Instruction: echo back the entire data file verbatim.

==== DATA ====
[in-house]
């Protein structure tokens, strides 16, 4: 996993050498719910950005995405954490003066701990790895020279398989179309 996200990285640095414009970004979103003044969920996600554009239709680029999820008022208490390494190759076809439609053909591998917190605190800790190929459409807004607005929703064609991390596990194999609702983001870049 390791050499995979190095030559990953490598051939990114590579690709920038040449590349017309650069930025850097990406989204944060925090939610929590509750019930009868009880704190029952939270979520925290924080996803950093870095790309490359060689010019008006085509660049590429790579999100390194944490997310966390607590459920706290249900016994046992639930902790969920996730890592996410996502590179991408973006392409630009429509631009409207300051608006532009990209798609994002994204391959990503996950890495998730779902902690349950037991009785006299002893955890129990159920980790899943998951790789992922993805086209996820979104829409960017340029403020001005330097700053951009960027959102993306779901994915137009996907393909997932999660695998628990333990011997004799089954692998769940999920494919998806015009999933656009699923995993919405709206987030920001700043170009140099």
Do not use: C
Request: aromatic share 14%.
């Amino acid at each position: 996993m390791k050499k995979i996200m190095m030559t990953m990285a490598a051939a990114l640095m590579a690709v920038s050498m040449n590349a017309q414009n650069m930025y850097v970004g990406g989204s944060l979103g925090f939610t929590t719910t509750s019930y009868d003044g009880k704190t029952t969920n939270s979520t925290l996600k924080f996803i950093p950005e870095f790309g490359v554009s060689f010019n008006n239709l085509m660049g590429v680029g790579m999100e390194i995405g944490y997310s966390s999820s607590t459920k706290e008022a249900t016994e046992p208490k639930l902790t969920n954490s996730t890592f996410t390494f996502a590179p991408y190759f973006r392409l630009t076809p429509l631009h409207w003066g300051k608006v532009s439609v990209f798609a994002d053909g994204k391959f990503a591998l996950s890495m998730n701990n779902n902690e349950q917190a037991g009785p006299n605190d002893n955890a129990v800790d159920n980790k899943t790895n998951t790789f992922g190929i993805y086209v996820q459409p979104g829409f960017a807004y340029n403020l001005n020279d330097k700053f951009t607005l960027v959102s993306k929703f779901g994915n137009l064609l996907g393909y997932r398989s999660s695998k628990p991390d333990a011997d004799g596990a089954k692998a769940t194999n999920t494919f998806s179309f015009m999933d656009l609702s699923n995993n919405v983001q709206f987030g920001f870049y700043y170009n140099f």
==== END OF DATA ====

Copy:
[in-house]
């Protein structure tokens, strides 16, 4: 996993050498719910950005995405954490003066701990790895020279398989179309 996200990285640095414009970004979103003044969920996600554009239709680029999820008022208490390494190759076809439609053909591998917190605190800790190929459409807004607005929703064609991390596990194999609702983001870049 390791050499995979190095030559990953490598051939990114590579690709920038040449590349017309650069930025850097990406989204944060925090939610929590509750019930009868009880704190029952939270979520925290924080996803950093870095790309490359060689010019008006085509660049590429790579999100390194944490997310966390607590459920706290249900016994046992639930902790969920996730890592996410996502590179991408973006392409630009429509631009409207300051608006532009990209798609994002994204391959990503996950890495998730779902902690349950037991009785006299002893955890129990159920980790899943998951790789992922993805086209996820979104829409960017340029403020001005330097700053951009960027959102993306779901994915137009996907393909997932999660695998628990333990011997004799089954692998769940999920494919998806015009999933656009699923995993919405709206987030920001700043170009140099």
Do not use: C
Request: aromatic share 14%.
């Amino acid at each position: 996993m390791k050499k995979i996200m190095m030559t990953m990285a490598a051939a990114l640095m590579a690709v920038s050498m040449n590349a017309q414009n650069m930025y850097v970004g990406g989204s944060l979103g925090f939610t929590t719910t509750s019930y009868d003044g009880k704190t029952t969920n939270s979520t925290l996600k924080f996803i950093p950005e870095f790309g490359v554009s060689f010019n008006n239709l085509m660049g590429v680029g790579m999100e390194i995405g944490y997310s966390s999820s607590t459920k706290e008022a249900t016994e046992p208490k639930l902790t969920n954490s996730t890592f996410t390494f996502a590179p991408y190759f973006r392409l630009t076809p429509l631009h409207w003066g300051k608006v532009s439609v990209f798609a994002d053909g994204k391959f990503a591998l996950s890495m998730n701990n779902n902690e349950q917190a037991g009785p006299n605190d002893n955890a129990v800790d159920n980790k899943t790895n998951t790789f992922g190929i993805y086209v996820q459409p979104g829409f960017a807004y340029n403020l001005n020279d330097k700053f951009t607005l960027v959102s993306k929703f779901g994915n137009l064609l996907g393909y997932r398989s999660s695998k628990p991390d333990a011997d004799g596990a089954k692998a769940t194999n999920t494919f998806s179309f015009m999933d656009l609702s699923n995993n919405v983001q709206f987030g920001f870049y700043y170009n140099f």